James is Professor of Geographic Information and Cartography in the Department of Geography. His research focuses on the use of “big” and open datasets for the study of social science. He has published on a variety of topics including the use of cycle hire schemes, the spatial analysis of surnames and new ways to visualise population data. James is the recipient of a number of major awards from the Royal Geographical Society, The North American Cartographic Information Society and British Cartographic Society. He is co-author of the critically acclaimed books London: The Information Capital and Where the Animals Go.
Tak Wing Chan is a Professor of Quantitative Social Sciences at UCL Institute of Education. He is a sociologist by background with diverse research interests. He is currently working on papers related to the social bases of Brexit, the debate on whether the voting age should be lowered to 16, how diversity relates to social cohesion in the UK, and other topics.
Tom is a political scientist who uses quantitative methods to understand the opinions, behaviour and ideologies of citizens and politicians. His research has focused in particular on using 'big data', including computational text analysis and large-scale aggregation of public opinion surveys across time and space. He also has research and teaching expertise in the use of experimental and quasi-experimental methods in the social sciences. At the moment, his research focuses on how British voters and politicians have changed the way that they speak and think about the benefits system and its users.
Maria is a social demographer and she uses quantitative methods to study the transition to adulthood, including determinants and consequences of different life course trajectories. She just completed a research project that looked at how different fertility and partnership trajectories influence both mental and physical health of older people in the United Kingdom, United States, and several other European countries. She is also interested in the role of internet and technology for demographic outcomes. Before joining UCL in June 2015, Maria was a Postdoctoral Research Fellow in the Department of Sociology at Oxford University and Nuffield College, and she completed a PhD in Demography in 2013 at University of Pennsylvania.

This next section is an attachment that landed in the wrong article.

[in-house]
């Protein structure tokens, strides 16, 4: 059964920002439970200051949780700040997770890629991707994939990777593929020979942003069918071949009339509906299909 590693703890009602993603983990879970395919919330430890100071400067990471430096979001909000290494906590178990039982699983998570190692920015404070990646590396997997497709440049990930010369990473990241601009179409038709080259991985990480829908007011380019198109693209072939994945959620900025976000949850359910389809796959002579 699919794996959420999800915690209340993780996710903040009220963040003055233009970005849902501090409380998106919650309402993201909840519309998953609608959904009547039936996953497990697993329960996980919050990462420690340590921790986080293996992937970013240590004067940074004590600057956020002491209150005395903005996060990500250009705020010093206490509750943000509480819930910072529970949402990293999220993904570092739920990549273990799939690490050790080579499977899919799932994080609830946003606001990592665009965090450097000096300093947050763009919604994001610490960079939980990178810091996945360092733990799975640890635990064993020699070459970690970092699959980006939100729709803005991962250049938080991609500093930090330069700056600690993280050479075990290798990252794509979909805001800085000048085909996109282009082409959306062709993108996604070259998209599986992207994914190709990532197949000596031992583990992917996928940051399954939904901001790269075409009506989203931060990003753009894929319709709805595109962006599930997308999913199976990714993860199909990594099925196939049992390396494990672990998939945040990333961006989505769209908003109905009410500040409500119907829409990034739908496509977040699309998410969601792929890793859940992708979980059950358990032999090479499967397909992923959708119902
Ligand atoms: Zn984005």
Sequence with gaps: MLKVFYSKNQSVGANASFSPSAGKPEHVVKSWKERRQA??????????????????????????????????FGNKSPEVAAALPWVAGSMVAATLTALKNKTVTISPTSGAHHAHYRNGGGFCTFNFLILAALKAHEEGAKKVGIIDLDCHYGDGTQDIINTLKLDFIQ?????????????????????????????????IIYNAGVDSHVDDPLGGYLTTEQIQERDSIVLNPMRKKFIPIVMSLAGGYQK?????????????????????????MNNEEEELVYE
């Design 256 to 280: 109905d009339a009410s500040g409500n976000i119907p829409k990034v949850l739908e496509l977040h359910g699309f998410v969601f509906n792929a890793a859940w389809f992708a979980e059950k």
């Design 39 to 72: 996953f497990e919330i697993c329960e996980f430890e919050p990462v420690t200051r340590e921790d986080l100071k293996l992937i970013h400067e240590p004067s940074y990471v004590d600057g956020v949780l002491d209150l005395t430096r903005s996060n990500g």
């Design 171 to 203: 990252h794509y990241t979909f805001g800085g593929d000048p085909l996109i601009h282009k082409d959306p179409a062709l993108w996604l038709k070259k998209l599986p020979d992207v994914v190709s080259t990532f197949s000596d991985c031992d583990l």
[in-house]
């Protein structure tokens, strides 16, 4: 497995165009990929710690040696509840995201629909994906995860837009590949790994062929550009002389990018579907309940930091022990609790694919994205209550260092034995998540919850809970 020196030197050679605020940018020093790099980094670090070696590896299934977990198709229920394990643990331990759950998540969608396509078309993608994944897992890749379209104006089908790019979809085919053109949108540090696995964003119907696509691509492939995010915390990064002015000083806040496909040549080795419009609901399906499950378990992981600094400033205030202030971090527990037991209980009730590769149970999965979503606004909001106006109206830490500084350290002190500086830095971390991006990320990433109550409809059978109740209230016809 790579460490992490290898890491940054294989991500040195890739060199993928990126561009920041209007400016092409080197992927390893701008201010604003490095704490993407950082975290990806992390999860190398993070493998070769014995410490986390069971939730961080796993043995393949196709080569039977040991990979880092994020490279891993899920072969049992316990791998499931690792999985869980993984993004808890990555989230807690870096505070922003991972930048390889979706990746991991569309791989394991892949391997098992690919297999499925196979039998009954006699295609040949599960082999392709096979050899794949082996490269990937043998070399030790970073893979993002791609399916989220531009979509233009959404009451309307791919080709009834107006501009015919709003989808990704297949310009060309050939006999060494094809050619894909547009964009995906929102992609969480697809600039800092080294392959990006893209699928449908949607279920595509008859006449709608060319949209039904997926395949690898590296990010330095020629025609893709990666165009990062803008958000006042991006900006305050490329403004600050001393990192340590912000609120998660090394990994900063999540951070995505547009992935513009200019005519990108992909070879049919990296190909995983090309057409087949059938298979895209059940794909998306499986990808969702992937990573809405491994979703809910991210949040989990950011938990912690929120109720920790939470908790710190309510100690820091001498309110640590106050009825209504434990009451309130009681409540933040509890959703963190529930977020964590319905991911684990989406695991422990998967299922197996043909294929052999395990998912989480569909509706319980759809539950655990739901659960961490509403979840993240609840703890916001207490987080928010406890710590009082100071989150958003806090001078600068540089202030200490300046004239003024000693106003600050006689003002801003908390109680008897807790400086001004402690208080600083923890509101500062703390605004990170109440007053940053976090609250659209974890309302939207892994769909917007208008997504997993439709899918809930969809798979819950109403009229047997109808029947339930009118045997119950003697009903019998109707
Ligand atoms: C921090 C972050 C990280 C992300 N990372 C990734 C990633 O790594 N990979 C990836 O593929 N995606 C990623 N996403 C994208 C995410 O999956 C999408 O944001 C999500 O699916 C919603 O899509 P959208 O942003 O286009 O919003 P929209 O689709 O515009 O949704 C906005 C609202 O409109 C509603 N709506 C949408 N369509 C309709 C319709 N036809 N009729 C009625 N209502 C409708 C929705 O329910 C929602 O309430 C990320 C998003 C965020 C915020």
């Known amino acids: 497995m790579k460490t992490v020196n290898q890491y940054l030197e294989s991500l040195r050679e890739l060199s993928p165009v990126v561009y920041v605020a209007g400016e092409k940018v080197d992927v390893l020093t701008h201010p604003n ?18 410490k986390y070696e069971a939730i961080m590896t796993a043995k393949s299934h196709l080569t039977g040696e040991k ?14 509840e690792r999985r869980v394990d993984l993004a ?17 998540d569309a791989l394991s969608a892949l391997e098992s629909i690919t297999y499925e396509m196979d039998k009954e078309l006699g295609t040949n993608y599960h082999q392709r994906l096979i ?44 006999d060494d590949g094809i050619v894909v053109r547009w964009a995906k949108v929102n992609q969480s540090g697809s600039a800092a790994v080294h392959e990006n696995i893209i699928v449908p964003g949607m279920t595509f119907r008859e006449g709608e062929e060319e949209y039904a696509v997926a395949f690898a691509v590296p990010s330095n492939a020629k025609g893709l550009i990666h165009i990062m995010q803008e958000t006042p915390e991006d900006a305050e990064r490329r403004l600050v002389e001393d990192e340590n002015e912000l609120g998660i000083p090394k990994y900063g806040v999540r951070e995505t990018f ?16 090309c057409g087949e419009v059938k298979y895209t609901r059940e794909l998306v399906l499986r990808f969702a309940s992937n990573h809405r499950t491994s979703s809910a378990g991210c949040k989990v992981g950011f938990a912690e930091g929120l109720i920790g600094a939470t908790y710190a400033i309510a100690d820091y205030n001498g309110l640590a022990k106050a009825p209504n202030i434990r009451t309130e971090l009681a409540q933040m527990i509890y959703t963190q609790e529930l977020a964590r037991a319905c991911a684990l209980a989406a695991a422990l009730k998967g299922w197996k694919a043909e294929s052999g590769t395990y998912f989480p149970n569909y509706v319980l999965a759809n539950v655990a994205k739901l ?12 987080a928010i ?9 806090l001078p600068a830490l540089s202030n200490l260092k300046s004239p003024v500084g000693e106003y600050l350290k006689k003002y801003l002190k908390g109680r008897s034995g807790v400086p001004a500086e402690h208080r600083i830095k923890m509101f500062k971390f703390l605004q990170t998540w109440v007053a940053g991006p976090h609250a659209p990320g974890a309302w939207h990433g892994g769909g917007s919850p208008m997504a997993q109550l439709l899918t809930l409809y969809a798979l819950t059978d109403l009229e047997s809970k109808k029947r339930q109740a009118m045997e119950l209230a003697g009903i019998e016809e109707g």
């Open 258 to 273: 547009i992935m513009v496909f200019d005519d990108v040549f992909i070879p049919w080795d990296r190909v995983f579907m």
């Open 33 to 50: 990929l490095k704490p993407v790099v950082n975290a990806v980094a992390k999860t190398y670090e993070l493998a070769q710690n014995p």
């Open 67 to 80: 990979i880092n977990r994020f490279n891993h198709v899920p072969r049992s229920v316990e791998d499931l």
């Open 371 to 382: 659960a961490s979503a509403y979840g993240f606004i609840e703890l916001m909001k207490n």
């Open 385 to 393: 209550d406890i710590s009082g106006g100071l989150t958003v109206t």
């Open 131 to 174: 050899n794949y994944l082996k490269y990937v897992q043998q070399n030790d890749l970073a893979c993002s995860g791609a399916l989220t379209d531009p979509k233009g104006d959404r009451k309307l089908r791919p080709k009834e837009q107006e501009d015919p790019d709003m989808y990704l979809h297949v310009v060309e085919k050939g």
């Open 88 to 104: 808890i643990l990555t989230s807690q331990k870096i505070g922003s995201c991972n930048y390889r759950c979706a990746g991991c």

Stephen is Associate Professor in Quantitative Social Science based in the Institute of Epidemiology and Health Care. He researches social and spatial inequalities with a specific focus on how places impact on health and wellbeing across the life course. His substantive and methodological expertise form the cornerstone to his teaching. Stephen has extensive experience of longitudinal data analysis using panel and cohort studies, such as the English Longitudinal Study of Ageing and the National Child Development Study. He teaches on the Introduction to Quantitative Research Methods and Data Analysis modules.
Ozan Aksoy is Associate Professor of Social Science at UCL Social Research Institute. Previously Ozan was a research fellow at Nuffield College and the Department of Sociology, University of Oxford. Ozan holds a PhD in quantitative sociology from the ICS research school of Utrecht University. His research interests include cooperation, trust, and religious behaviour. He uses game theory, statistical and computational methods, and laboratory and natural experiments as research tools. Ozan is the recipient of the 2019 Raymond Boudon Award for Early Career Achievement of the European Academy of Sociology.
Ben's research is focused on developing new methods for measuring political preferences from survey, voting, network and text data. Applications of these methods have included citizens, legislators and judges in the US, UK and EU. In addition to his academic work, he has also been a Senior Data Science Advisor to YouGov since 2016, working on election polling and forecasting for US and UK elections.
Jack is a Lecturer in Political Science and Quantitative Research Methods at the Department of Political Science. His research uses quantitative methods to answer questions in legislative and electoral politics. In recent work, he has combined advances in machine learning and quantitative text analysis to study the representation of voter interests in the UK House of Commons, and to analyse gendered dynamics in UK parliamentary debates. He also uses survey experimental data, most recently in a paper which evaluates the persuasive power of different arguments used in contemporary British politics. Jack also works as a scientific advisor to the UK Cabinet Office, providing advice on how to use quantitative data to establish “what works” in public policy reforms.